Chronic pain and fatigue can take an emotional toll as well as a physical one. This section explores the effects of arthritis on your emotional and behavioral health and what can be done about them.
It’s not only the physical changes of arthritis that can give you trouble. One of the biggest — and most challenging — changes may be the realization that you need help from others. It’s not easy for most of us to ask for help, for all kinds of reasons.
The burden of illness can be heavier when it seems that everyone around you is healthy. Having arthritis can make you feel that you are constantly fighting other people's perceptions and beliefs about you. It takes time to learn how to be "sick" in a healthy world.
Listening matters. Sometimes there is nothing more comforting than feeling that someone is listening to you and really hearing what you have to say. There are many things you can do so other people will listen the way you want them to, and so that you can lend your ear the way other people need.
We all experience stress at one time or another, whether it's related to work, family, school, or friendships. Reducing stress can be difficult task, but there are proven techniques to help you get your level of stress under control.
“You don’t look sick!” “How could you be tired? You haven’t done anything!” “What’s wrong with your hands?” Nothing undercuts the fun of socializing like insensitive comments from people who are unfamiliar with arthritis or who try to make you feel bad for having it. Your arthritis doesn’t define you. Here are some tips for dealing with stigma when you encounter it.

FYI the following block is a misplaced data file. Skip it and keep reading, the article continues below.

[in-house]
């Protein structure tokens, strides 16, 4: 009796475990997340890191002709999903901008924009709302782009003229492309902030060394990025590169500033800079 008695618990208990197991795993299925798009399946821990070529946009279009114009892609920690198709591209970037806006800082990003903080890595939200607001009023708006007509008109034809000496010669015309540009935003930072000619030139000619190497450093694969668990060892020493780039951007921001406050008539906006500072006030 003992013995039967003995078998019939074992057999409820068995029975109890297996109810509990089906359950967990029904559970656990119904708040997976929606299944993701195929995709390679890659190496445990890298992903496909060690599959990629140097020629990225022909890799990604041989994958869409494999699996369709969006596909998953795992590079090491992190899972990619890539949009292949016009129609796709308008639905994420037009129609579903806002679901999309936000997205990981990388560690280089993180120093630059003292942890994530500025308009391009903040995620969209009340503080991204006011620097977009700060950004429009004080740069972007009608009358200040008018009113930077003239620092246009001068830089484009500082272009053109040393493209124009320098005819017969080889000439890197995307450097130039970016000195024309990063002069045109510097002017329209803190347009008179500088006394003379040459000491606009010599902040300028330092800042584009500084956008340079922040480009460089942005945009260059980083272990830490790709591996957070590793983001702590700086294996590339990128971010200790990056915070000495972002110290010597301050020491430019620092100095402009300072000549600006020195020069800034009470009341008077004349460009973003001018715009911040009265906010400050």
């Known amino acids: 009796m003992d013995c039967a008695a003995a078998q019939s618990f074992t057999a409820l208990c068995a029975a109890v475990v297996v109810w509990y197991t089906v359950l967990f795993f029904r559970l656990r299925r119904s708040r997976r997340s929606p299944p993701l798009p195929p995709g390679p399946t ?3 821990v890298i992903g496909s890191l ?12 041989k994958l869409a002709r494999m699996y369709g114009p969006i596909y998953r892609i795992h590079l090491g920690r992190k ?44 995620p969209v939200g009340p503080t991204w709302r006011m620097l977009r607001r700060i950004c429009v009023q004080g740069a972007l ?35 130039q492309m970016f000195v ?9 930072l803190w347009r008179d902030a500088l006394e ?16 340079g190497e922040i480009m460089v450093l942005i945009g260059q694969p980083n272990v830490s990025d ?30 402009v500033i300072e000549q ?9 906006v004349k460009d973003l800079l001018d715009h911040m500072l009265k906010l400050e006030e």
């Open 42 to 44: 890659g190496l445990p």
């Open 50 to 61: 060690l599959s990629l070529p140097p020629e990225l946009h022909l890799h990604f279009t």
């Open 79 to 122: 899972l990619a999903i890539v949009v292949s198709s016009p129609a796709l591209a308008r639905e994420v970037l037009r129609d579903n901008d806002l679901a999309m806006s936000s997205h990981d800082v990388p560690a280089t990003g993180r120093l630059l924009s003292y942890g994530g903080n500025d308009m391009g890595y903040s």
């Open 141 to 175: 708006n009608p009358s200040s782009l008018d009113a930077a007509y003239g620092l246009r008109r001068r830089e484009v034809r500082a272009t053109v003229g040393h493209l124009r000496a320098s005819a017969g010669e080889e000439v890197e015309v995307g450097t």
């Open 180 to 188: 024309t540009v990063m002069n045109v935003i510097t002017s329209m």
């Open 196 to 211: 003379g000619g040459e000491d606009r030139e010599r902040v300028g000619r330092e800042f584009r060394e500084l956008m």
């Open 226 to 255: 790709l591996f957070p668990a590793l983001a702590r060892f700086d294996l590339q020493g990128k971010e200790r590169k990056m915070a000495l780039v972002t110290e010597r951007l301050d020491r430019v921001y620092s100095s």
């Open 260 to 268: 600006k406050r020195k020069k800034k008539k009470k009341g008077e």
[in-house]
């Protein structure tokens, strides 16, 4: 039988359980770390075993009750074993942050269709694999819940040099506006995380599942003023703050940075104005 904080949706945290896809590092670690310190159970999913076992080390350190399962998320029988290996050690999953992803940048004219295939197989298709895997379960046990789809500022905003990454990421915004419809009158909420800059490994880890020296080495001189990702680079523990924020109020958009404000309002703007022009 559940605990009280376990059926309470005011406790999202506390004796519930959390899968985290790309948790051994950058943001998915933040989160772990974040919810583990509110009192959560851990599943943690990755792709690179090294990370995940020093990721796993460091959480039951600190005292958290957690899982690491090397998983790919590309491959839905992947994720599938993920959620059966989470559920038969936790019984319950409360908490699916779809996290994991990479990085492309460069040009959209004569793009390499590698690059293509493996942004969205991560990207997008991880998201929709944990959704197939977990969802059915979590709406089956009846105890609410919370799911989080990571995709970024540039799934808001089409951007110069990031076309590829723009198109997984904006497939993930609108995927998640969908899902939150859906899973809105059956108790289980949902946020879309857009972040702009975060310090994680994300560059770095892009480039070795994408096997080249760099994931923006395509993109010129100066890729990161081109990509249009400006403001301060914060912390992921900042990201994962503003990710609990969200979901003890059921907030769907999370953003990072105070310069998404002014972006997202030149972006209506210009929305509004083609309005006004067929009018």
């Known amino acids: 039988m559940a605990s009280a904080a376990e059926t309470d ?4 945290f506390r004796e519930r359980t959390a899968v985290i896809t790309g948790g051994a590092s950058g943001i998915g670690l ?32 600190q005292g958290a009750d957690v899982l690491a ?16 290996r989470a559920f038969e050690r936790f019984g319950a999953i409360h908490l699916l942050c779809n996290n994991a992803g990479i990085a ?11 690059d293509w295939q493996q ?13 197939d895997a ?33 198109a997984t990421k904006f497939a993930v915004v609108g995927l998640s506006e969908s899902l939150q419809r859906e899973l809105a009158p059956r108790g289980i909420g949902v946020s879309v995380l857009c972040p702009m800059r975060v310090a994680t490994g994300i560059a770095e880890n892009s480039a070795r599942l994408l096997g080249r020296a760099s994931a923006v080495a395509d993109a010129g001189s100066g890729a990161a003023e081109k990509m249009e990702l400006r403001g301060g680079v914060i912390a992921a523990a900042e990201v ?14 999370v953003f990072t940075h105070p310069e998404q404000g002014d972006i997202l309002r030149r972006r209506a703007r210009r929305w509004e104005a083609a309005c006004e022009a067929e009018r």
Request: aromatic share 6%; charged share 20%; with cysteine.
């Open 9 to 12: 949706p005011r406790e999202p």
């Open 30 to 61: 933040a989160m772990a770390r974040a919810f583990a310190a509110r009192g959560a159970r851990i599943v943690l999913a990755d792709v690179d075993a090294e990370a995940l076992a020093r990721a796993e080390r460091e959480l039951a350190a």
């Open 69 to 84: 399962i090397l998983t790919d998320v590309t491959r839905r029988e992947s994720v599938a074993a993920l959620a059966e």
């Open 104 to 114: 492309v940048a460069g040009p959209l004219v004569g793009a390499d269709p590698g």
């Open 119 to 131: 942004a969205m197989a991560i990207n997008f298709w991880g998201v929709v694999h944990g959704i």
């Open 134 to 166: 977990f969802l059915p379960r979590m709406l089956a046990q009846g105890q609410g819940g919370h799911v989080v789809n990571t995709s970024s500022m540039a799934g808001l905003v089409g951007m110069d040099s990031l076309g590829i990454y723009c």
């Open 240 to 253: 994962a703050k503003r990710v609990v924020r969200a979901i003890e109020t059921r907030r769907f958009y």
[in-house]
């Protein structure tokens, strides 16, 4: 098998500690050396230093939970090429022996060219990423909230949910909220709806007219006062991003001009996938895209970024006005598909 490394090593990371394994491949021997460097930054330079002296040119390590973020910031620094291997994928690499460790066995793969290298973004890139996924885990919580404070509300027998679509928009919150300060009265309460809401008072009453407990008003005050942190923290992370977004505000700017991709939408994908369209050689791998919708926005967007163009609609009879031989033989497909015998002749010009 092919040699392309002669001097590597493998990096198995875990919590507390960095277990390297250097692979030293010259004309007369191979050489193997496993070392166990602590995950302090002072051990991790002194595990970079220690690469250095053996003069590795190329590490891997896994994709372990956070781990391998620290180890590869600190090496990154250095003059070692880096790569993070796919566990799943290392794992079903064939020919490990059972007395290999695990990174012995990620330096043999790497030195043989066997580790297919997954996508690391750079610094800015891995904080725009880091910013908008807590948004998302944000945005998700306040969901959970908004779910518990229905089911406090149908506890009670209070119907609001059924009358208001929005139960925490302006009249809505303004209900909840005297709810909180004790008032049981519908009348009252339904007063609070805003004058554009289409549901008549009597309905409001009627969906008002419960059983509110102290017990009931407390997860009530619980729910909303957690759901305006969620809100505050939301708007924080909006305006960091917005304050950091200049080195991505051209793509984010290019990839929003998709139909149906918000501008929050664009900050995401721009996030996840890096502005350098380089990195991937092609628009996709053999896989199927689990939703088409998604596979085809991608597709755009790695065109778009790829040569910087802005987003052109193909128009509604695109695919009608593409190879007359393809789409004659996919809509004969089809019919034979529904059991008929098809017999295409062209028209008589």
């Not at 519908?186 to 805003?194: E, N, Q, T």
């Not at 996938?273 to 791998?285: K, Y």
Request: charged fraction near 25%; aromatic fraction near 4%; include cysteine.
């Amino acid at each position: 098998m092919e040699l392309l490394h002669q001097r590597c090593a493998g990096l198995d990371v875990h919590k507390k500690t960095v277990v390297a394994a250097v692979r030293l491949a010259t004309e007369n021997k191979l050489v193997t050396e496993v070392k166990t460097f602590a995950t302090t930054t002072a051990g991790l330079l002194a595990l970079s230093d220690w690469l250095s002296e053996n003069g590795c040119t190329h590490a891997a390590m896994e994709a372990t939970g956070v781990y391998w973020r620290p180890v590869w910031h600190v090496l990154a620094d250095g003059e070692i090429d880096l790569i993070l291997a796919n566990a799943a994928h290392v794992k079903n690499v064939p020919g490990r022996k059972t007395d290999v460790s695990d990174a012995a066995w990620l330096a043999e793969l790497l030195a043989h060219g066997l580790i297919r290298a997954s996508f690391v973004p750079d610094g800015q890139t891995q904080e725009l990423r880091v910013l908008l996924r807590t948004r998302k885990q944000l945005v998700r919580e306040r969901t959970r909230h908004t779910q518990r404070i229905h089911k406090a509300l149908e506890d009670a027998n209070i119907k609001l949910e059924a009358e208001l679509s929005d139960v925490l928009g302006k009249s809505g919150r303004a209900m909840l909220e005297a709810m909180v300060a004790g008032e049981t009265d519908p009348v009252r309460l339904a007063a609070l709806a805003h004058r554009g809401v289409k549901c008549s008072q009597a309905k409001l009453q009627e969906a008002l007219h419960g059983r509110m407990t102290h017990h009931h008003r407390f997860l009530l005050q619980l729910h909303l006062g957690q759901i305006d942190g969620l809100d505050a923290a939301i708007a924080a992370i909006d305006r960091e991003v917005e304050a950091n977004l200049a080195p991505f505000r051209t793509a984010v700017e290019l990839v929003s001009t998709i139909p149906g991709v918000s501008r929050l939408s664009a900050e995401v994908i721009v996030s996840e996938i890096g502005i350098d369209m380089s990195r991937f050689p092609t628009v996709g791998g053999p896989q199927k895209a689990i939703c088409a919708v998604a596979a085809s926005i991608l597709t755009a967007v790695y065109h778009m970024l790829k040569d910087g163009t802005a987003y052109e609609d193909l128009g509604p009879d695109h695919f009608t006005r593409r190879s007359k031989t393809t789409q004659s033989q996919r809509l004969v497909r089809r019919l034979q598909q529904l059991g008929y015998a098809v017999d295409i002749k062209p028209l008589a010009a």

Arthritis can bring about lots of changes to your life, not all of them welcome. Change can be difficult under any circumstance, but especially so if you feel that you have little control over it. One way to better manage your arthritis is to learn how to prepare yourself for unexpected changes and open yourself to new possibilities.
Depression gets less attention than many of the other conditions that frequently accompany arthritis. But it can be just as serious, exacerbating the symptoms of arthritis and making them more difficult to cope with. The good news is that depression does not need to be weathered silently and alone; it can be effectively treated.
People with arthritis are often faced with the need to change their health habits. Whether it’s exercising more, eating less, or managing stress more effectively, there is almost always room for improvement. Making these changes for a day or two is easy, but keeping them up for the long haul is a whole different matter.
The holidays may be the season for decorating the Christmas tree or frying up potato latkes, but for people living with arthritis, the holidays are often also the season of increased pain. Long to-do lists, jam-packed social schedules, and the prospect of family drama can lead to flares, pain, and discomfort — but it doesn’t have to be that way.
Why do some people with arthritis bounce back from adversity, while others find themselves unable to dig themselves out? One factor is the quality of "resilience." Resilient people are flexible, tough, accepting of challenges, and willing to persevere in the face of life's problems.
For people with arthritis, stress, depression, and feelings of helplessness can lead to increased pain and difficulty coping. Psychotherapy is one way to attend to your emotional well-being. You might have preconceived ideas about what it means to get mental-health treatment: Perhaps you consider it a sign of weakness or think that it's only for people who are “crazy.” Neither of these ideas is true.
Statements and opinions expressed on this Web site are those of the authors and not necessarily those of the publishers or advertisers. The information provided on this Web site should not be construed as medical instruction. Consult appropriate health-care professionals before taking action based on this information.